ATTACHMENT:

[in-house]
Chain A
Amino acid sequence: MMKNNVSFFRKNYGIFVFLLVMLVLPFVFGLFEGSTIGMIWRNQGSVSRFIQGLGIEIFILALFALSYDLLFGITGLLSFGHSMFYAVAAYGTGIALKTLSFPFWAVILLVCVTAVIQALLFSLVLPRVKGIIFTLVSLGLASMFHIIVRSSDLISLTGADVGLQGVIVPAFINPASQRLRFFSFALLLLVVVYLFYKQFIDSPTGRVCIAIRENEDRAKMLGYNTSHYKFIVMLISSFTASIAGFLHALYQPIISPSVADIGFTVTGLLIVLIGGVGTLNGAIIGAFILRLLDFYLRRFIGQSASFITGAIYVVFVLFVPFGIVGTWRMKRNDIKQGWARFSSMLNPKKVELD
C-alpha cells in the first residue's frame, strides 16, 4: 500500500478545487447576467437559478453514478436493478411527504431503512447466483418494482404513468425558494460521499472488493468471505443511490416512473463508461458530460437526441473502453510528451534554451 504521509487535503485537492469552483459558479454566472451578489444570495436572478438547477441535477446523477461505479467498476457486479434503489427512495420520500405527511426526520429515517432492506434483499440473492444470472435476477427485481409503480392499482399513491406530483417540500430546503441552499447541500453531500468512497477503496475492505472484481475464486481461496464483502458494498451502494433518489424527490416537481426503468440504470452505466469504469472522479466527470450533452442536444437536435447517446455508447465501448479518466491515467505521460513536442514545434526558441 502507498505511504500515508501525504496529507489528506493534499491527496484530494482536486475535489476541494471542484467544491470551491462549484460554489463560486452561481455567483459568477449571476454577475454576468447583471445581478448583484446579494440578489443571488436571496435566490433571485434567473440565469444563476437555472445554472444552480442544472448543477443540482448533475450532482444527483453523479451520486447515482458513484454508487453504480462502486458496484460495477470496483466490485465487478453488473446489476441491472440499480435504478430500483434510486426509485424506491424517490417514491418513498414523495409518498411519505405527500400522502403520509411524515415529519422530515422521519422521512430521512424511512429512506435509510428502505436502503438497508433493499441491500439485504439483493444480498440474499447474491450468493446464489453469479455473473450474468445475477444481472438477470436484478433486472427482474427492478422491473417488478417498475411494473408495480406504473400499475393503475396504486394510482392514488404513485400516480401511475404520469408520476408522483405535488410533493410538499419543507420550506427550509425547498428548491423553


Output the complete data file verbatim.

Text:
[in-house]
Chain A
Amino acid sequence: MMKNNVSFFRKNYGIFVFLLVMLVLPFVFGLFEGSTIGMIWRNQGSVSRFIQGLGIEIFILALFALSYDLLFGITGLLSFGHSMFYAVAAYGTGIALKTLSFPFWAVILLVCVTAVIQALLFSLVLPRVKGIIFTLVSLGLASMFHIIVRSSDLISLTGADVGLQGVIVPAFINPASQRLRFFSFALLLLVVVYLFYKQFIDSPTGRVCIAIRENEDRAKMLGYNTSHYKFIVMLISSFTASIAGFLHALYQPIISPSVADIGFTVTGLLIVLIGGVGTLNGAIIGAFILRLLDFYLRRFIGQSASFITGAIYVVFVLFVPFGIVGTWRMKRNDIKQGWARFSSMLNPKKVELD
C-alpha cells in the first residue's frame, strides 16, 4: 500500500478545487447576467437559478453514478436493478411527504431503512447466483418494482404513468425558494460521499472488493468471505443511490416512473463508461458530460437526441473502453510528451534554451 504521509487535503485537492469552483459558479454566472451578489444570495436572478438547477441535477446523477461505479467498476457486479434503489427512495420520500405527511426526520429515517432492506434483499440473492444470472435476477427485481409503480392499482399513491406530483417540500430546503441552499447541500453531500468512497477503496475492505472484481475464486481461496464483502458494498451502494433518489424527490416537481426503468440504470452505466469504469472522479466527470450533452442536444437536435447517446455508447465501448479518466491515467505521460513536442514545434526558441 502507498505511504500515508501525504496529507489528506493534499491527496484530494482536486475535489476541494471542484467544491470551491462549484460554489463560486452561481455567483459568477449571476454577475454576468447583471445581478448583484446579494440578489443571488436571496435566490433571485434567473440565469444563476437555472445554472444552480442544472448543477443540482448533475450532482444527483453523479451520486447515482458513484454508487453504480462502486458496484460495477470496483466490485465487478453488473446489476441491472440499480435504478430500483434510486426509485424506491424517490417514491418513498414523495409518498411519505405527500400522502403520509411524515415529519422530515422521519422521512430521512424511512429512506435509510428502505436502503438497508433493499441491500439485504439483493444480498440474499447474491450468493446464489453469479455473473450474468445475477444481472438477470436484478433486472427482474427492478422491473417488478417498475411494473408495480406504473400499475393503475396504486394510482392514488404513485400516480401511475404520469408520476408522483405535488410533493410538499419543507420550506427550509425547498428548491423553